YEAR PREVIOUS S PREVIOUS H CURRENT S CURRENT H -4000 100021 27.78 109692 30.47 -3900 96589 26.83 105948 29.43 -3800 93217 25.89 102269 28.41 -3700 89904 24.97 98655 27.40 -3600 86652 24.07 95106 26.42 -3500 83459 23.18 91622 25.45 -3400 80327 22.31 88203 24.50 -3300 77254 21.46 84849 23.57 -3200 74242 20.62 81560 22.66 -3100 71289 19.80 78336 21.76 -3000 68396 19.00 75177 20.88 -2900 65563 18.21 72083 20.02 -2800 62790 17.44 69054 19.18 -2700 60076 16.69 66090 18.36 -2600 57423 15.95 63191 17.55 -2500 54830 15.23 60357 16.77 -2400 52296 14.53 57588 16.00 -2300 49823 13.84 54884 15.25 -2200 47409 13.17 52245 14.51 -2100 45055 12.52 49671 13.80 -2000 42761 11.88 47162 13.10 -1900 40527 11.26 44718 12.42 -1800 38353 10.65 42339 11.76 -1700 36239 10.07 40025 11.12 -1600 34185 9.50 37776 10.49 -1500 32190 8.94 35592 9.89 -1400 30256 8.40 33473 9.30 -1300 28381 7.88 31419 8.73 -1200 26567 7.38 29430 8.18 -1100 24812 6.89 27506 7.64 -1000 23117 6.42 25647 7.12 -900 21482 5.97 23853 6.63 -800 19907 5.53 22124 6.15 -700 18392 5.11 20460 5.68 -600 16937 4.70 18861 5.24 -500 15541 4.32 17327 4.81 -400 14206 3.95 15858 4.41 -300 12930 3.59 14454 4.02 -200 11715 3.25 13115 3.64 -100 10559 2.93 11841 3.29 0 9463 2.63 10632 2.95 100 8427 2.34 9488 2.64 200 7451 2.07 8409 2.34 300 6535 1.82 7395 2.05 400 5679 1.58 6446 1.79 500 4883 1.36 5562 1.55 600 4146 1.15 4743 1.32 700 3470 0.96 3989 1.11 800 2853 0.79 3300 0.92 900 2297 0.64 2676 0.74 1000 1800 0.50 2117 0.59 1100 1363 0.38 1623 0.45 1200 986 0.27 1194 0.33 1300 669 0.19 830 0.23 1400 412 0.11 531 0.15 1500 215 0.06 297 0.08 1600 77 0.02 128 0.04

As you can see, the two formulae for estimating delta t differ by hours for ancient dates (almost 3 hours at the new earliest date, and over 1/2 hour at the previous earliest date). I switched because I hope the newer formula is a more accurate estimate, but I don’t know how close either is to “reality”. There have also been questions over the years about the validity of delta t, though they mostly seem to have been settled.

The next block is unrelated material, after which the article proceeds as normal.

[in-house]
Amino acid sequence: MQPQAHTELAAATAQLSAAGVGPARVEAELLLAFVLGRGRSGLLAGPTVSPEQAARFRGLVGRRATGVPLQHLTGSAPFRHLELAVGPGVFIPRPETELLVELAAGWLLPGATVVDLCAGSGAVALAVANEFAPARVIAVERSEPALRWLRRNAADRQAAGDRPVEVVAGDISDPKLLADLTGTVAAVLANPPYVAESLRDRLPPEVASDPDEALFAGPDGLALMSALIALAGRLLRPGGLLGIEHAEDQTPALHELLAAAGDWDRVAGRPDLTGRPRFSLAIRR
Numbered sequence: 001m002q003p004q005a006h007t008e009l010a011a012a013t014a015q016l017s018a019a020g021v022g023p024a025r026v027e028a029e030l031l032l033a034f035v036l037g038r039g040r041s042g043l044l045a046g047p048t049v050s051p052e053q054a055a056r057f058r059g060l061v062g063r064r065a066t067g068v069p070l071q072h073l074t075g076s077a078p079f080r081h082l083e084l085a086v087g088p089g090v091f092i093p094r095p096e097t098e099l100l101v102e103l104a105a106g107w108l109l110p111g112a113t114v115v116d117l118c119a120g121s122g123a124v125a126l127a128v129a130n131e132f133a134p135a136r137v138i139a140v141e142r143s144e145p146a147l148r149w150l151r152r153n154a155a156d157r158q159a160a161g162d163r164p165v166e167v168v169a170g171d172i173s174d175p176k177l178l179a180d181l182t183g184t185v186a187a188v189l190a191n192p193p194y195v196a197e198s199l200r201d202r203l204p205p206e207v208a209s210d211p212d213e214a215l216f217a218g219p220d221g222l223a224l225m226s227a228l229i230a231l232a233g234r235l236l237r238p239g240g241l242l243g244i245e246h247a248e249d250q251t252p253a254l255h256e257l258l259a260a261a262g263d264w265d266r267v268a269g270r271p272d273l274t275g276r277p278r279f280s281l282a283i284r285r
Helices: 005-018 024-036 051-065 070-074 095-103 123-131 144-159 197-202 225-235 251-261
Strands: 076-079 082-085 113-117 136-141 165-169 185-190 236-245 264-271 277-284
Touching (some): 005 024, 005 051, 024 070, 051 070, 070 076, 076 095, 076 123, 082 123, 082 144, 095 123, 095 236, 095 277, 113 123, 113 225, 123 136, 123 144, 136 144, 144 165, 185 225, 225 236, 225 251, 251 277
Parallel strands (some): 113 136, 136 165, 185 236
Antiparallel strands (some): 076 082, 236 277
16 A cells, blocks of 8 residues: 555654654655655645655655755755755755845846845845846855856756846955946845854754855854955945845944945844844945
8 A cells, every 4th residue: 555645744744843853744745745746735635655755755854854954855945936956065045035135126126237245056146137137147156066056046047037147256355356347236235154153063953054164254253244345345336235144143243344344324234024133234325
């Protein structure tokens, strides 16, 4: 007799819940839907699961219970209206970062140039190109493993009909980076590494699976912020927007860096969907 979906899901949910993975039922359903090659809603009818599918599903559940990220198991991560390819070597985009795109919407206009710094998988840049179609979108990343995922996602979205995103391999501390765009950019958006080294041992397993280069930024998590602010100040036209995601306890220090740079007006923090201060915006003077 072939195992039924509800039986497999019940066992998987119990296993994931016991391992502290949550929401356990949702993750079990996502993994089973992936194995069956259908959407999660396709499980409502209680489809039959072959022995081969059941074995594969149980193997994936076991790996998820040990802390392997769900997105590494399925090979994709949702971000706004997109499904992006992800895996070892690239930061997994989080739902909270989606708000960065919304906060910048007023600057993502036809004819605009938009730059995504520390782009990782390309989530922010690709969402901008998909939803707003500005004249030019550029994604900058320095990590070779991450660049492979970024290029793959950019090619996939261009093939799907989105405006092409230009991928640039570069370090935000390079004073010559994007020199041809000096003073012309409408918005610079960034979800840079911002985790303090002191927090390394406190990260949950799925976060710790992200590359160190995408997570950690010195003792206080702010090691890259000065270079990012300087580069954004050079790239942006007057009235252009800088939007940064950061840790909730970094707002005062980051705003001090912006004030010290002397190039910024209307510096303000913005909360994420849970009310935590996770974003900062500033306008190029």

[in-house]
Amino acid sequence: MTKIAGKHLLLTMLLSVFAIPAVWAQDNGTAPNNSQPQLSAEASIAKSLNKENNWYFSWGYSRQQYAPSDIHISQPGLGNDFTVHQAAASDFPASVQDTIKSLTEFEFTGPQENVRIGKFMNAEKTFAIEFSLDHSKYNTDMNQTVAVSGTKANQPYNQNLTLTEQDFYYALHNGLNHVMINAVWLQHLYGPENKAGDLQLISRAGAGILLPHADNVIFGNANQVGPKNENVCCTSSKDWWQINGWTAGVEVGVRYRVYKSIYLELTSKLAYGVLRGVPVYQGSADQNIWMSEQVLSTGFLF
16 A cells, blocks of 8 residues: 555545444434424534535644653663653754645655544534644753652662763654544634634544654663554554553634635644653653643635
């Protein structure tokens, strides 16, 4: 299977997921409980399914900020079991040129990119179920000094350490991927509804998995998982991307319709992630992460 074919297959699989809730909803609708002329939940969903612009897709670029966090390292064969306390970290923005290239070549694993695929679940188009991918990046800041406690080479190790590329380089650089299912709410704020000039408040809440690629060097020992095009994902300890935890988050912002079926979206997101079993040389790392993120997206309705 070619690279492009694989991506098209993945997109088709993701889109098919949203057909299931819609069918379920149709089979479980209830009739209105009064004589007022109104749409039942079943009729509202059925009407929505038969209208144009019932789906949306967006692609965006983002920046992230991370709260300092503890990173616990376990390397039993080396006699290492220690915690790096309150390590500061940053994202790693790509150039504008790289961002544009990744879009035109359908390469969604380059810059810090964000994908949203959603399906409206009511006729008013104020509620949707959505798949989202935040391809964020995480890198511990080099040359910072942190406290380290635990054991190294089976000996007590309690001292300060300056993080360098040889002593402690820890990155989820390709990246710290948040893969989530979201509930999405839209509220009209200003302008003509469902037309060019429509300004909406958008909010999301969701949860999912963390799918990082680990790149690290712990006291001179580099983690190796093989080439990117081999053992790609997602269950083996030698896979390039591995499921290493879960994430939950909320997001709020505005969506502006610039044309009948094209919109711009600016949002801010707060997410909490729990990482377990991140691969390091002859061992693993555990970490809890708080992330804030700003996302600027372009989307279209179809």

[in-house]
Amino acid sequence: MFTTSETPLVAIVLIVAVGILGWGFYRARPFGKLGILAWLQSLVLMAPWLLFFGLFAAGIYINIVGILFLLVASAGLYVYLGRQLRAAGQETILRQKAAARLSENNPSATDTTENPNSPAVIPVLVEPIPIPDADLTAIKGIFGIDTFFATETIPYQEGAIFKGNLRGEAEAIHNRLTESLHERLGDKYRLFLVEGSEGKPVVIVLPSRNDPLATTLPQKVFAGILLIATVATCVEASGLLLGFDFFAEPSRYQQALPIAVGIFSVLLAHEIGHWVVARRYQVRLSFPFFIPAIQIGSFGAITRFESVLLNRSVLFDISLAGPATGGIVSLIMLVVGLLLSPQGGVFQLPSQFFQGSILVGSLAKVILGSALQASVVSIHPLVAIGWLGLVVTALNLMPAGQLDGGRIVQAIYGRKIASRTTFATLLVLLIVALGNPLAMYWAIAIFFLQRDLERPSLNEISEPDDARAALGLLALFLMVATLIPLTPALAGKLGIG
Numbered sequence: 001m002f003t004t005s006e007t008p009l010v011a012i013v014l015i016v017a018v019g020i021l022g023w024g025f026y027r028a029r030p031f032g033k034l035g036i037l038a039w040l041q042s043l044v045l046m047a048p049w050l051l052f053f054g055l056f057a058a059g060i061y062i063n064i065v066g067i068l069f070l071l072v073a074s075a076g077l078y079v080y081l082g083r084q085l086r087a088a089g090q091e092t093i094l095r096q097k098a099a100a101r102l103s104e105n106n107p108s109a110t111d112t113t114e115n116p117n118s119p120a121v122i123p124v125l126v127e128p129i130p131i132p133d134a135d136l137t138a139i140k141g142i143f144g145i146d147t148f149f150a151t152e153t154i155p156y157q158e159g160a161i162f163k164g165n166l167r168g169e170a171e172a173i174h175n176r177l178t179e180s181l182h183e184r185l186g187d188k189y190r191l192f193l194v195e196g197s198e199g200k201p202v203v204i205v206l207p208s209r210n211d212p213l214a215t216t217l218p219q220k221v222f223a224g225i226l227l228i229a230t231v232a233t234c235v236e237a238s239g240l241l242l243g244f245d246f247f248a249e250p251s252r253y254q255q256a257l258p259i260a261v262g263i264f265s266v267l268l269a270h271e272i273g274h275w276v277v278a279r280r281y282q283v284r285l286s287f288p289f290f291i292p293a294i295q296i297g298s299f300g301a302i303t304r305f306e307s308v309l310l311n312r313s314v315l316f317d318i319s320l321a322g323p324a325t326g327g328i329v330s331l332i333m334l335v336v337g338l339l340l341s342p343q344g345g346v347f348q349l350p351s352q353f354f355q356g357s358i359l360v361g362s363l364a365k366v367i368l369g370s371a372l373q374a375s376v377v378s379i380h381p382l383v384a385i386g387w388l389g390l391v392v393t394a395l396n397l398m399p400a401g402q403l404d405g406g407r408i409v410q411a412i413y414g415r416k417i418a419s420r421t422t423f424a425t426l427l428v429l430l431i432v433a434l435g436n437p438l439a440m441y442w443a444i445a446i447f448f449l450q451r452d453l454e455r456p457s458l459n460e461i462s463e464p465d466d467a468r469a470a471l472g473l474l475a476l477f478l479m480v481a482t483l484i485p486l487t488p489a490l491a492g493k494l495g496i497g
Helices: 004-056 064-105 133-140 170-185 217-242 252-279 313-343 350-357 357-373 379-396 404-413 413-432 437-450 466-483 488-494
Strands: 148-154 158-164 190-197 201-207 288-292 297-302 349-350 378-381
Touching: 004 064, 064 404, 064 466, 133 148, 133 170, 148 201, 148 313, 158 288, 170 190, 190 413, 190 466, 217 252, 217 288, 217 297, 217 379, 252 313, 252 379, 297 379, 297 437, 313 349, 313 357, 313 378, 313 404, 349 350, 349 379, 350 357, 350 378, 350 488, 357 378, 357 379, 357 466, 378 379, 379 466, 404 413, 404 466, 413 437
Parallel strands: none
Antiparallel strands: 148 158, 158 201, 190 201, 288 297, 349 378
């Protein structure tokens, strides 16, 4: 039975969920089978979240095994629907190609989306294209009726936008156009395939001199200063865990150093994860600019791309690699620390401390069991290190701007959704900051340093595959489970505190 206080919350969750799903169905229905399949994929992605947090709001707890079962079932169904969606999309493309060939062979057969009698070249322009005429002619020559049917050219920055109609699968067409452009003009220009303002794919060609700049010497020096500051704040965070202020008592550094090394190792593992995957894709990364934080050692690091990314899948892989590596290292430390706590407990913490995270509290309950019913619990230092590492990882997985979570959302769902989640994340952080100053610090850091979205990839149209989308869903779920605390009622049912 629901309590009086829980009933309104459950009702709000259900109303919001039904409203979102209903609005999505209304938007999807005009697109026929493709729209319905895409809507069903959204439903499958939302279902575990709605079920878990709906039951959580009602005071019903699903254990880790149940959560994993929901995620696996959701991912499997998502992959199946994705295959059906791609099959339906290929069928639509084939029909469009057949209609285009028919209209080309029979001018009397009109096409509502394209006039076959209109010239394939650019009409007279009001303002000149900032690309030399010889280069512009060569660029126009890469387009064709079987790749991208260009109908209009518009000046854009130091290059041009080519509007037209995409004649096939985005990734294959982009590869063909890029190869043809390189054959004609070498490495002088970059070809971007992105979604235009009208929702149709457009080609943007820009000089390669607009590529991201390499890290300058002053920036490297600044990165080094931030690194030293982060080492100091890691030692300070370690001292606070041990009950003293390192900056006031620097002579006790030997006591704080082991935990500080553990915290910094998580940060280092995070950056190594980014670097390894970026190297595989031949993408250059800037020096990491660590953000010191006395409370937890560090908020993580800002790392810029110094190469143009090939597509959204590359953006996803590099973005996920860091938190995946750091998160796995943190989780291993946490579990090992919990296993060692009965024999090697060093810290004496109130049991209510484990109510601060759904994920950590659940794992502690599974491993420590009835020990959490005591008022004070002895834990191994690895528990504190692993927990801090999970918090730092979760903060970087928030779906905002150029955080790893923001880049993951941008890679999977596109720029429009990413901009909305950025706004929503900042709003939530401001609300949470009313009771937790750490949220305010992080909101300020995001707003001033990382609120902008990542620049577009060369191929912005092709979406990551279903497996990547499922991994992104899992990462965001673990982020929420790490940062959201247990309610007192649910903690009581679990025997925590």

Also, you can see from the table that delta t is literally changing the time for which you are calculating planets positions by hours for ancient dates (more than one full day before -3300).

Ephemerides

All ephemerides and theories of planetary motion involve some attempt to fit the predictions of gravitational theories to a real world of observations. This is essentially a statistical process—compare your numbers to observed planetary positions, tweak your numbers or your theory, compare again, and keep tweaking until you get the best match you can between your theory and the observations you are using to test it. This process has given us planetary theories which fit modern observations very well—well enough to guide space probes to the planets and their moons. For ancient observations, we have more uncertainty, and the delta t question. But it is important to remember in any discussion of long-term planetary calculations, especially for Neptune and Pluto, that the theories we are using are primarily elaborate curve-fitting to observations in this century and some in the last century.